Documentary 'Rat Film' explores Baltimore's rodent problem — and much more

Of all the creative types grappling with their role in the Donald Trump era, documentarians face possibly the trickiest scenario. They’re expected to respond to the world around them with relevant nonfiction stories.

But they also have to take their time to craft those stories, in a news cycle that often can rush quickly past. And on top of that, they’re facing a culture in which truth jostles with fake news and alternative facts.

These dilemmas are sized up in a Sunday Calendar story, as we cover the True/False Film Festival out of Columbia, Mo. True/False is an epicenter of documentary trends, and we consistently found artists and experts seeking new ways to confront this era.

Theo Anthony, a Baltimore-based filmmaker, is one of those artists. The 27-year-old has just made a film about rats. Well, sort of about rats. His “Rat Film,” a formally abstract piece, examines his home city’s rodent crisis through the lens of history, science and assorted modern-day characters. While the film, which Cinema Guild will release later this year, never explicitly tells us what to think about Baltimore’s approaches to handling the pest, it also soon becomes an allegory of race-relations in the city. "Rat Film" has also earned some buzz at this year's South by Southwest Film Festival. 

We caught up with the director shortly after his film played True/False.

You said at the screening that you’re not really a rat guy, that this is just a vehicle. Were you attracted to them for any particular reason, or…

Theo Anthony: I’m fine with rats. I just don’t want to be the rat guy forever. They’re really just an incredible vector across so many different people, places and history. It’s not so much what that thing is — it’s just a common side to all of those things. I could have made a film about public transportation. Buses: how do buses link us? Anything that links places and time could have been the subject of the film. It’s just a thing that has direction and momentum that you can tag along and see what it bumps into.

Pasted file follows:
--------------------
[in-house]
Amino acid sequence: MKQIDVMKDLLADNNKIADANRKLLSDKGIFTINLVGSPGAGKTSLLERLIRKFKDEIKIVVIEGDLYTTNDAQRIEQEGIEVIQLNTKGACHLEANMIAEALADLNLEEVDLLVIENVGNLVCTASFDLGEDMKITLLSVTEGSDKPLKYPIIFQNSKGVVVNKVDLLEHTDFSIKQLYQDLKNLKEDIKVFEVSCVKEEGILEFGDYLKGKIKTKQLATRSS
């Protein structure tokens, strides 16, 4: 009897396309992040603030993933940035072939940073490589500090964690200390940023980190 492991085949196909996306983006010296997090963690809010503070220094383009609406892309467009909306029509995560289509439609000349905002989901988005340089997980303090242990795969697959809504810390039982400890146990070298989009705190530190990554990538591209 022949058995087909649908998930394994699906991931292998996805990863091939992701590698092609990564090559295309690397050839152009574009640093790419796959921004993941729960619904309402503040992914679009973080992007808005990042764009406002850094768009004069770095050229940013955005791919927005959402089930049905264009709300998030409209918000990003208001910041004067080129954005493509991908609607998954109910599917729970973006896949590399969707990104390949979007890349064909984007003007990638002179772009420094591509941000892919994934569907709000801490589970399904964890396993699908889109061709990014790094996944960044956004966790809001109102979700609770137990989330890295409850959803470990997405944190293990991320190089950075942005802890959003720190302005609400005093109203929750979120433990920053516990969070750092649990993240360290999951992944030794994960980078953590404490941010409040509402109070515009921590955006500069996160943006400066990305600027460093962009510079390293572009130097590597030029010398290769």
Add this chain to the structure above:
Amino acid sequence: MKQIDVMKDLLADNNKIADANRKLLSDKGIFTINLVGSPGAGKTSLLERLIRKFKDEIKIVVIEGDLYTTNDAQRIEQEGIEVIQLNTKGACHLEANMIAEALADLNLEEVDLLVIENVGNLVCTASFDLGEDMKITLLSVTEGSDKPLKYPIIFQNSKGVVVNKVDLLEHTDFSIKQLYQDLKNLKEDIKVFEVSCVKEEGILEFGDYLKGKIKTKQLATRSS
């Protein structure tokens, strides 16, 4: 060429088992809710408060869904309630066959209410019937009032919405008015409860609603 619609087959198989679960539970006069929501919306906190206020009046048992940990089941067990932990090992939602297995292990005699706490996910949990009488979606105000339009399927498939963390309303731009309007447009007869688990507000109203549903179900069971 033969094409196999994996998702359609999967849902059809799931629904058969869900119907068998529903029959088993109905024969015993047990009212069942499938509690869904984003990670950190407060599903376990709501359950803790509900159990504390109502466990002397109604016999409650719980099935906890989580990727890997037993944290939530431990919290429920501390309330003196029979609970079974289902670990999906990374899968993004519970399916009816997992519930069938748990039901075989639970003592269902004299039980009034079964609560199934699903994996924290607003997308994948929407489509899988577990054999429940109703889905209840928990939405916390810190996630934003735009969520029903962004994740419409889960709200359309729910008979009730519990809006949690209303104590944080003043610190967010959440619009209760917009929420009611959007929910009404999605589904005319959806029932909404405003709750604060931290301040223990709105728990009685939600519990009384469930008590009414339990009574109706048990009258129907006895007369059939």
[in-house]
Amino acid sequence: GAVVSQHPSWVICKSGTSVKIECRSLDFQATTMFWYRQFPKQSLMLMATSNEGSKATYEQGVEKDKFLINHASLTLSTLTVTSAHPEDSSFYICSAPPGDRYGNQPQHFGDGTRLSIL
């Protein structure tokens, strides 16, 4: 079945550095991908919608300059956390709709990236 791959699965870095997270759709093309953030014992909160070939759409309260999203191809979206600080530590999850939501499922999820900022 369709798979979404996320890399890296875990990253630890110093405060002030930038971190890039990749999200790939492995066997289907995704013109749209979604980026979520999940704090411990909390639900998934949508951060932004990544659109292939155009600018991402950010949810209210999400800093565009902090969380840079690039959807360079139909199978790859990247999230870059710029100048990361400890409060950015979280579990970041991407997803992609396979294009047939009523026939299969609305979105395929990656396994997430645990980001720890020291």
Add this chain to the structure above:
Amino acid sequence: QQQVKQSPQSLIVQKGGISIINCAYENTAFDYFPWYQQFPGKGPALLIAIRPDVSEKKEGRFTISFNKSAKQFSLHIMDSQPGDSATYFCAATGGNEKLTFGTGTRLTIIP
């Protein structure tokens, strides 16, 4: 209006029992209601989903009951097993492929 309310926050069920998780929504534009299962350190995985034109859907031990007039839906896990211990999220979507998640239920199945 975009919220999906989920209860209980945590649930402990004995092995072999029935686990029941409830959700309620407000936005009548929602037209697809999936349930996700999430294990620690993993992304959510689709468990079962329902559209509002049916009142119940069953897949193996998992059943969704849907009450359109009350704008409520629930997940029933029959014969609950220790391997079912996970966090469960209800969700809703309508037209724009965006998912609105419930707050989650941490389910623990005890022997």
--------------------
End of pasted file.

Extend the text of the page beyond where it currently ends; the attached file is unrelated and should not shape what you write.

But you saw in them some allegorical meaning, right? Otherwise why make a film particularly about them?

I don’t think I ever saw rats as equal to humans. I try to bait people into that interpretation, only to show them how much fuzzier it is the closer you get to it. Specifically with race relations: Rats don’t just happen anywhere. If you look at rats, they thrive where humans don’t. To me that was really interesting. I’m never placing an equal sign — “Rats are the pest symbols of the underbelly of society.” But they have been tested on, and blacks in the American city have been tested on, in terms of redlining. You learn a lot about how we treat humans by how we treat rats.

One of the joys of watching the film is also one of the confusing aspects of watching this film — figuring out the shape of it. Did you consciously want to disorient viewers?

I think it’s a film that teaches you how to watch it as you go along. For the first 20 minutes you pop around without really knowing what’s happening. And then at a certain point you return to the characters. I put a lot in the first cut. And then the edit became about taking away. Just seeing what the least I could have in there and still convey the most accurate picture of the story.

The film is certainly minimalist. But it’s also digressive; we jump from scientists researching rats in the early 20th century to an exterminator making house calls. Was that always part of the plan, to line up different pieces without much regard for transition?

In general I want to push back on the hierarchical approach to documentary. When you’re trying to order the entire structure or experience around a single topic the question is how to do that. The film itself isn’t trying to be any one thing. It’s a documentation of my natural process of discovery. When my producer first saw the film he said, “This film is like surfing the Internet.” And that’s exactly how I think and go about things. My day is clicking through tabs in a browser. I have 20 or 30 tabs on the screen and I’m just clicking through stories. Reading all these different articles via hyperlinks, I realize I’m reading all the different sides of the same shape. I just tried to convey that in the clearest way possible.

Where did this philosophy come from? Did you watch the talking-head documentaries of the past few decades and say, basically, “I want to bomb that form”?